Trinity: A Game Design Methodology – Part 1
This is the first of a series of blog posts which will try to convey my overall design methodology, which I’ve nicknamed Trinity for now. It’s a big task, and I’m not sure how many posts it will take to get there – we’ll have to see as we go.
There are two ways I could write this: I could start big and zoom in, or start small and zoom out. If I start big, I start in the realm of abstract principles and, over the course of the series, drill down to show how those principles are applied in practice. The other way (which is the way I’m going to write it) is to start with specifics and, by the time the series is finished, show how all the specifics are just applications of a few generic principles.
I like the second way best because I don’t like having arguments, and generic principles are argument magnets. Arguments are hard to avoid without a huge amount of preamble – and so I will start with the preamble and move on over time to the “amble”.
The kinds of games I’m discussing:
There is one overarching principle, though, that I have to state at the beginning. These posts will all grow out of the idea that “a game is fundamentally a conversation between a game’s designer and the game’s players.” I state this not because I believe that is the One True Definition™ of games, or because I think that is the only way a game can be made – but because I am limiting the scope of this series to games which are that way.
I’m sure someone can come along and make a great game that doesn’t meet these criteria – and that’s cool. What I’m going to talk about in these articles might even apply to that game, but I have no idea if it will. All the games I’ve ever made or played fit this definition, as far as I’m concerned, so just know all that going into this and take everything with a grain of salt.
I hope to demonstrate how it is true at some point, but until then just keep this in your mind as you read the rest of this series and try to see how it applies: A game is fundamentally a conversation between designers and players.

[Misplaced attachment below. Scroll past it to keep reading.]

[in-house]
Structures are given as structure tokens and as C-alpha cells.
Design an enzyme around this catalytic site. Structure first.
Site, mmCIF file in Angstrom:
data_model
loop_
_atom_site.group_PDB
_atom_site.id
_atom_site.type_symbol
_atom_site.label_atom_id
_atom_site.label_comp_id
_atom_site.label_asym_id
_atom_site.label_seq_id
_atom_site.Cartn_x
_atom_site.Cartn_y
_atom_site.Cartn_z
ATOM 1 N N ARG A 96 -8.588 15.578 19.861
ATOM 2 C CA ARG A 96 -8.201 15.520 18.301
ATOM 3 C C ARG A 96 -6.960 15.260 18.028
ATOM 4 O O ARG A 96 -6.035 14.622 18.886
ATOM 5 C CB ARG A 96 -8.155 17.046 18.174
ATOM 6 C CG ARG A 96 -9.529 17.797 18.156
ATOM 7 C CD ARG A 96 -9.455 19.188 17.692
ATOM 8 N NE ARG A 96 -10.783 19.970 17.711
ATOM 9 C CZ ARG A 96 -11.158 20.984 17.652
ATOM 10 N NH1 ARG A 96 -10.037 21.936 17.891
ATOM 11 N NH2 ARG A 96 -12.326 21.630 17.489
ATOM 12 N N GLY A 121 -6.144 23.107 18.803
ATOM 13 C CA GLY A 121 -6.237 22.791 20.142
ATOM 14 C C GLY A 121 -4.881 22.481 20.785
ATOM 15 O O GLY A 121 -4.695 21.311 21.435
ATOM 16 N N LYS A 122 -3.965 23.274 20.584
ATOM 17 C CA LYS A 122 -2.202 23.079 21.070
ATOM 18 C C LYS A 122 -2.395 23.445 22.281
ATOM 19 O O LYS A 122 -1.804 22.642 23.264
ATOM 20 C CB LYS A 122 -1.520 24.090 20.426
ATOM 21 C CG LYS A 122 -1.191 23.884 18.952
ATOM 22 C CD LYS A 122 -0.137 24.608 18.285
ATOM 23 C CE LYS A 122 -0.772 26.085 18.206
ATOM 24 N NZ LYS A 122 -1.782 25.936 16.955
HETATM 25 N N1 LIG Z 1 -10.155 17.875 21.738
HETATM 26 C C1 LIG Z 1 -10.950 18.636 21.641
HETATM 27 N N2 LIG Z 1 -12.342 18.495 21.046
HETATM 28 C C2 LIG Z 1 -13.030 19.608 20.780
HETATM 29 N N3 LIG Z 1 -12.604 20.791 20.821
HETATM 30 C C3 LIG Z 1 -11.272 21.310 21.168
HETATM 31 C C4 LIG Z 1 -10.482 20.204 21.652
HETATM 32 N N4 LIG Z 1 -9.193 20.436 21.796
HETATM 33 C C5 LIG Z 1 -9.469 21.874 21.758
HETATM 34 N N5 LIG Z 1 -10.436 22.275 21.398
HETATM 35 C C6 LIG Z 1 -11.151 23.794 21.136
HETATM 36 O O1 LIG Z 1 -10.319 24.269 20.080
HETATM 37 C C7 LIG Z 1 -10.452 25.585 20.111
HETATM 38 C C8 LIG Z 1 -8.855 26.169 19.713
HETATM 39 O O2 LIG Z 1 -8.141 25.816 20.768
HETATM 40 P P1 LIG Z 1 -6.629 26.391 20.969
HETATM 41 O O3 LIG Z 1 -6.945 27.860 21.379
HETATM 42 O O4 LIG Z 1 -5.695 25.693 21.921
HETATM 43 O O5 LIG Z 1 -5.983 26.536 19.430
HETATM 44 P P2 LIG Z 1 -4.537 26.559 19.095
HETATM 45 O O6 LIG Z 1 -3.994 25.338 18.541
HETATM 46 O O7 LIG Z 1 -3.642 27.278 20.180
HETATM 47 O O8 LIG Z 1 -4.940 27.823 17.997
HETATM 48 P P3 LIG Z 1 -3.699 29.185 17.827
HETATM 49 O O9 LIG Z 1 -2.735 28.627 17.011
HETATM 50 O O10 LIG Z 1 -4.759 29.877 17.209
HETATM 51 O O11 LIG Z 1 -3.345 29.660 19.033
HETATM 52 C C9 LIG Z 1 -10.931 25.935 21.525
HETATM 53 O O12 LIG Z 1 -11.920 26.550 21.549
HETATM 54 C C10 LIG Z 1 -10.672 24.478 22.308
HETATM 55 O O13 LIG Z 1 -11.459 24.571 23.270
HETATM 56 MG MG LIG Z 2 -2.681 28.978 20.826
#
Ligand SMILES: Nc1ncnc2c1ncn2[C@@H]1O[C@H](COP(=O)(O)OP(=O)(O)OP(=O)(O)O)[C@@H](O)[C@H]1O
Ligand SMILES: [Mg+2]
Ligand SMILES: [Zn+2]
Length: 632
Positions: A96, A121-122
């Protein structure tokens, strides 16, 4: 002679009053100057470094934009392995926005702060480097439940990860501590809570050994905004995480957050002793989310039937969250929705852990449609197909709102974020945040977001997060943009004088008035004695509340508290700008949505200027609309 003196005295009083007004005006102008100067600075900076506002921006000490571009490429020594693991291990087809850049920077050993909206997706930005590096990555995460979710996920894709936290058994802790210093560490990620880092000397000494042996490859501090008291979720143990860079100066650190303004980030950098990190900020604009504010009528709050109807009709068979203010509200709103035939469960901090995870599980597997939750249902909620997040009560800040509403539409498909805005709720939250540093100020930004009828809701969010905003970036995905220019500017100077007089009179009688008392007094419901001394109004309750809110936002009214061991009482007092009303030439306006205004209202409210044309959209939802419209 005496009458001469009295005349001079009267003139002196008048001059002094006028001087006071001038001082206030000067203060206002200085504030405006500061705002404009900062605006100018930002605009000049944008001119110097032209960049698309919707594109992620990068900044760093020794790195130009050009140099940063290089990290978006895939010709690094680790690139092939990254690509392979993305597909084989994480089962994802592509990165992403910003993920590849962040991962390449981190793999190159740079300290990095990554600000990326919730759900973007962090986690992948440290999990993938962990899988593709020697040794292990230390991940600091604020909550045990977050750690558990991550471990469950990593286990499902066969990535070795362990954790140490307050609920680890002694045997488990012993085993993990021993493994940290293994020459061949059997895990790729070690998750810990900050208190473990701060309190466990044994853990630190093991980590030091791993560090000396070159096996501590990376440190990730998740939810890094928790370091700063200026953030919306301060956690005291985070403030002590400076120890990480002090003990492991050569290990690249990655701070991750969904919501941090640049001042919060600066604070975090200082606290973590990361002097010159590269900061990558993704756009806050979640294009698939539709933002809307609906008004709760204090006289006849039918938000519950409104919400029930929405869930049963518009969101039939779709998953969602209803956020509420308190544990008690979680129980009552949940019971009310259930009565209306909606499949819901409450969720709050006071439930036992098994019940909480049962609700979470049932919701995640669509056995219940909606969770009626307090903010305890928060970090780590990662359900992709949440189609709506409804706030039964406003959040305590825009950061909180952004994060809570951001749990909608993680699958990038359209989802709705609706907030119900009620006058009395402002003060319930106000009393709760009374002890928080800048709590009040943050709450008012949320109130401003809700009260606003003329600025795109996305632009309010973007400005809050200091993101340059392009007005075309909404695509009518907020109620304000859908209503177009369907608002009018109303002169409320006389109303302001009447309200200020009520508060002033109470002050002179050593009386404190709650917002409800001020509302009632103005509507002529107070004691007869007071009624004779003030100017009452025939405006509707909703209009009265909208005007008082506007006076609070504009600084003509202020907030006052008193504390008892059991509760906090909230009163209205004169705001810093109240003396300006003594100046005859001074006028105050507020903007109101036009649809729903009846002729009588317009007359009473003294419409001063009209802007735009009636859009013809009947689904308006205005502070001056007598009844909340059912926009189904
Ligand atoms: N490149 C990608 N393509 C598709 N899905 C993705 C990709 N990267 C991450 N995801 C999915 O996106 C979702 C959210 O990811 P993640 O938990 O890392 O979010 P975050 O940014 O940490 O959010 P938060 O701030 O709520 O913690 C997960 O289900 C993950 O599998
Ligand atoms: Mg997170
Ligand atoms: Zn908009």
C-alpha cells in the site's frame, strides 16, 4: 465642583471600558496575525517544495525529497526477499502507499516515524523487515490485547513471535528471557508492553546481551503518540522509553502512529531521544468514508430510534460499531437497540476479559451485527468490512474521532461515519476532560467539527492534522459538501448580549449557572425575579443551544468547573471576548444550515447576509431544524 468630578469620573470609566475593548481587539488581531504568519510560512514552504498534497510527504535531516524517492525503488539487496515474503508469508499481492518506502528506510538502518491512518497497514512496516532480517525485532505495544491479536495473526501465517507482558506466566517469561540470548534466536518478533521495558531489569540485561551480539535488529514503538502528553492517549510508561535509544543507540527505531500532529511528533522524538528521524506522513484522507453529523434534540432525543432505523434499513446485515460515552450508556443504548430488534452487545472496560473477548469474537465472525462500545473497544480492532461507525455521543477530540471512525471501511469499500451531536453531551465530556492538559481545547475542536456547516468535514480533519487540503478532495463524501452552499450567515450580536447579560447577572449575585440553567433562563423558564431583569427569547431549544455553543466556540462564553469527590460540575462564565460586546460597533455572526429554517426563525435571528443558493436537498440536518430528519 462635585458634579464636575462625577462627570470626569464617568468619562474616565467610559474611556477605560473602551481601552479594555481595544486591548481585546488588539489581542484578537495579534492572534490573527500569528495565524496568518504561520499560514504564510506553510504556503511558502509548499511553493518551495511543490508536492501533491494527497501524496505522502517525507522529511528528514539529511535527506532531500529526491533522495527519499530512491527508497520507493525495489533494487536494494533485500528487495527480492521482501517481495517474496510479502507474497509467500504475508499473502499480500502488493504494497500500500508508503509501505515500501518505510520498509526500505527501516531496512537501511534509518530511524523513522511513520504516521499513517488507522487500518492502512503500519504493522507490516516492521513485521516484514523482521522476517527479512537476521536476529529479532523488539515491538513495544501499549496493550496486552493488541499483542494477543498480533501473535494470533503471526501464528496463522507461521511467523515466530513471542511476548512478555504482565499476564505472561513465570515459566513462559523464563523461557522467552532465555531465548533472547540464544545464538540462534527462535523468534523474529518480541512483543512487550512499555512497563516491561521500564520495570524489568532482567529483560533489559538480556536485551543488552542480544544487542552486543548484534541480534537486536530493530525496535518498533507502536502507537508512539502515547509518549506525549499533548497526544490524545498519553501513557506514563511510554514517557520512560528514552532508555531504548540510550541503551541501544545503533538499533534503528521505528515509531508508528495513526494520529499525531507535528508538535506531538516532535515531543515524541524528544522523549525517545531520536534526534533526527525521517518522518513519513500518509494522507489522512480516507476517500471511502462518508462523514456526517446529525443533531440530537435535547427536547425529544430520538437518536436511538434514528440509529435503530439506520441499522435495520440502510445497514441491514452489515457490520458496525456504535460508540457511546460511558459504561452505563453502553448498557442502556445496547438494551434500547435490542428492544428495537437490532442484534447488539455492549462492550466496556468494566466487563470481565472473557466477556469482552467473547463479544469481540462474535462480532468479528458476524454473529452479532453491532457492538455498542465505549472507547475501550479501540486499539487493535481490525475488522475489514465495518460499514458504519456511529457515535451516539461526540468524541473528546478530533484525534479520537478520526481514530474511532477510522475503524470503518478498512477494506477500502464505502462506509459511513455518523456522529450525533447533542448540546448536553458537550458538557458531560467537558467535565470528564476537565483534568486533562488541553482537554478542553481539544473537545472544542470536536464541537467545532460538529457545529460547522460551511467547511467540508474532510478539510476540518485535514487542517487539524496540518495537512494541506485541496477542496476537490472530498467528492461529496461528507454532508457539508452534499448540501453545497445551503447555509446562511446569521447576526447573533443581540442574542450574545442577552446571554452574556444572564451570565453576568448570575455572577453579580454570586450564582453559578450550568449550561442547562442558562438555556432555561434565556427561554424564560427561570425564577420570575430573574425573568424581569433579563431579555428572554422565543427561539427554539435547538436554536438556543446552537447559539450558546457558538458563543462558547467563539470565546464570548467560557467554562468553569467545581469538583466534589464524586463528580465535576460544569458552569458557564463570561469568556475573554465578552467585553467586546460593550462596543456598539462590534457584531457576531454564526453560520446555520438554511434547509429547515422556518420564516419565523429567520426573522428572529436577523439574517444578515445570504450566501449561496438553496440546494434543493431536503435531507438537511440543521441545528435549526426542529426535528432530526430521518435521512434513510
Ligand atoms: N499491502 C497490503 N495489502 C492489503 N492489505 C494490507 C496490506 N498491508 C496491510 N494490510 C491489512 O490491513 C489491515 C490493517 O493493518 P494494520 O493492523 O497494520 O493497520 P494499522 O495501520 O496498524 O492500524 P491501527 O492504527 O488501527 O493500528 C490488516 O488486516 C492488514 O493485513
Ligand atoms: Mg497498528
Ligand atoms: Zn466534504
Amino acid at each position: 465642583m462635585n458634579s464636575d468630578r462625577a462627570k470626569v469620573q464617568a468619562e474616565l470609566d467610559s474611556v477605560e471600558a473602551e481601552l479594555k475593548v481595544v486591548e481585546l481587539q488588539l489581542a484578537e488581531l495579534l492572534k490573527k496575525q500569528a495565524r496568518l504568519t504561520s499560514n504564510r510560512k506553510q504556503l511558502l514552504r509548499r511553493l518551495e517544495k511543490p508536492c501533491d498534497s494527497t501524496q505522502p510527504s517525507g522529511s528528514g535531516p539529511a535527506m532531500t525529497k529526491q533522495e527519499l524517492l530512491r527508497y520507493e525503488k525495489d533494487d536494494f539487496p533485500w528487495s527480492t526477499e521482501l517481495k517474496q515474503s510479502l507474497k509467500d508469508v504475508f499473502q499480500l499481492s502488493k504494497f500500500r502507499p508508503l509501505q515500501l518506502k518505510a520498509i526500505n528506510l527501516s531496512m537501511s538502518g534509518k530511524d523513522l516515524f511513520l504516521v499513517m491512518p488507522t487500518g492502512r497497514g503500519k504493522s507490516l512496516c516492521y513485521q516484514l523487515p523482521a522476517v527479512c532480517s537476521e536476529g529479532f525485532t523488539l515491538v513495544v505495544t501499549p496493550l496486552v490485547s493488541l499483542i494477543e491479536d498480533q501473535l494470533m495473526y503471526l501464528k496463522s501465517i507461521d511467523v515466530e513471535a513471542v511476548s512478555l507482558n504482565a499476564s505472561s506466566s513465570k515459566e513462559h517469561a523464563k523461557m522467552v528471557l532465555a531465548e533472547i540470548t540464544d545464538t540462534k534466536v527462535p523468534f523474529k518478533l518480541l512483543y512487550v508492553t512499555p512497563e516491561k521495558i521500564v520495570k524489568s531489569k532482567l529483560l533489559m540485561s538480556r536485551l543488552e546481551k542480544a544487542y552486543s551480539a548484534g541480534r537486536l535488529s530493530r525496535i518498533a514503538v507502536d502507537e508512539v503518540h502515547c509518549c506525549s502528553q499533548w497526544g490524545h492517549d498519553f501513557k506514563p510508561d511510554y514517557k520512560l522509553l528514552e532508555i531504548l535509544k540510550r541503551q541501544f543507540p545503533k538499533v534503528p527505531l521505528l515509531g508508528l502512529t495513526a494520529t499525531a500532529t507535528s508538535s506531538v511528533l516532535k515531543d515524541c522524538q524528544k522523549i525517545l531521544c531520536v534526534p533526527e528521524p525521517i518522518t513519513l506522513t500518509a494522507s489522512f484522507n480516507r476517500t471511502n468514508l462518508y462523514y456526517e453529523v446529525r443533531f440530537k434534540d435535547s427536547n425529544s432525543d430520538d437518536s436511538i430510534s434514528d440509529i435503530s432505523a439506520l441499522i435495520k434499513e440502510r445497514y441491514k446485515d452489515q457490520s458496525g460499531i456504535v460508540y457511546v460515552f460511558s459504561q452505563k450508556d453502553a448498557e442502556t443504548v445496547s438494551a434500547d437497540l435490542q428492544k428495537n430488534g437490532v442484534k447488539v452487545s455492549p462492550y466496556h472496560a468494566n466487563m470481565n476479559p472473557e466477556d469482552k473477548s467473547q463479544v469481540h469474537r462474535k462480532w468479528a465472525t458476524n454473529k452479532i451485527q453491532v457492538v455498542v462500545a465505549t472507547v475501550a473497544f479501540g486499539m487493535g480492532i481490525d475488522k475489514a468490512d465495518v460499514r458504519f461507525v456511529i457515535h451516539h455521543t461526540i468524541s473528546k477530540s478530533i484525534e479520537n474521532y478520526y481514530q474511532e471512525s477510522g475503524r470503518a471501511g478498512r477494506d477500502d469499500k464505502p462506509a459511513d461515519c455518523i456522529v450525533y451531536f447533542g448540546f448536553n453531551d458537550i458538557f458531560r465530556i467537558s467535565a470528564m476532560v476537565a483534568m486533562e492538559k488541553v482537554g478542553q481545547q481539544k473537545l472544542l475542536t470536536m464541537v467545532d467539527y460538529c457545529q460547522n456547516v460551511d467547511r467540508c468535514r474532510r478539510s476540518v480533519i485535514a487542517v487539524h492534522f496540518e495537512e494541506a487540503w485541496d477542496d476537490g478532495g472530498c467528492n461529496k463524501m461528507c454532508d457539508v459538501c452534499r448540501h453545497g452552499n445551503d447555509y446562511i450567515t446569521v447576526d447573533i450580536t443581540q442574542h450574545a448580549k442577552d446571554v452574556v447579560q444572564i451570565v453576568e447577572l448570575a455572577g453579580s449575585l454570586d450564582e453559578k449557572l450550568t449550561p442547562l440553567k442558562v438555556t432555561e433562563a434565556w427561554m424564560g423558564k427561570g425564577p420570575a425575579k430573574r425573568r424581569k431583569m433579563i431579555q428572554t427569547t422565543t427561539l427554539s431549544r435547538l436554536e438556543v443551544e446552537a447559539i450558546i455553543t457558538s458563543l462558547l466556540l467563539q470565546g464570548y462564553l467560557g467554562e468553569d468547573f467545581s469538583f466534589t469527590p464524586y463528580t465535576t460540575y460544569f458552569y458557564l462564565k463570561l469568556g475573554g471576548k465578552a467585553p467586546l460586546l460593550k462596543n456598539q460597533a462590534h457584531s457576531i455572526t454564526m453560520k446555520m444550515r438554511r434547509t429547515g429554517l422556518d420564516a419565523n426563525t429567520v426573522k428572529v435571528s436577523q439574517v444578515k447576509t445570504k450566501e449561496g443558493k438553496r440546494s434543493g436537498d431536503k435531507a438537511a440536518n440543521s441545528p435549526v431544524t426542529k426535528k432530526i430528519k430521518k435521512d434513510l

Principle #1: Games ask questions, Players answer them
Trinity all begins with what I’m calling Principle #1 (not because it’s most important or anything, but because I happened to write it first).
As a game designer, your job (in a very practical sense) is asking the players questions. The players’ job is to answer those questions using the tools you give them.
I think this is what legendary Game Designer Sid Meier meant when he said that games were a series of interesting choices, only I want you to see it from a slightly different angle: Instead of focusing on the choices, I want to focus on the questions the game asks that cause players to make the choices. It may seem like a small difference, but focusing on choices has a number of knock-on effects.
Focusing on Choices
Before I talk about questions, let me give you a couple examples of what I mean by “focusing on choices.” Hopefully this will give you an idea of the knock-on effects I’m trying to avoid by phrasing Principle #1 (designers ask questions and give players tools to answer them) this way.
Normally when I see designers approach mechanic design by designing a series of interesting choices, I see something like this:
“Do you want to go left, or go right?”
The designer here wants players to make choices about their path through a level – ideally choices that result in varied gameplay. Imagine a linear level that forks off two ways, and you have to choose one. Or you’re given dialogue choices between good and evil, etc. There’s nothing really wrong with doing it this way, but I find the results end up being expensive to make, and the player only sees half of the game this way.
Even worse, I’ll sometimes see things like this:
“Do you want to do it the right way or the wrong way?”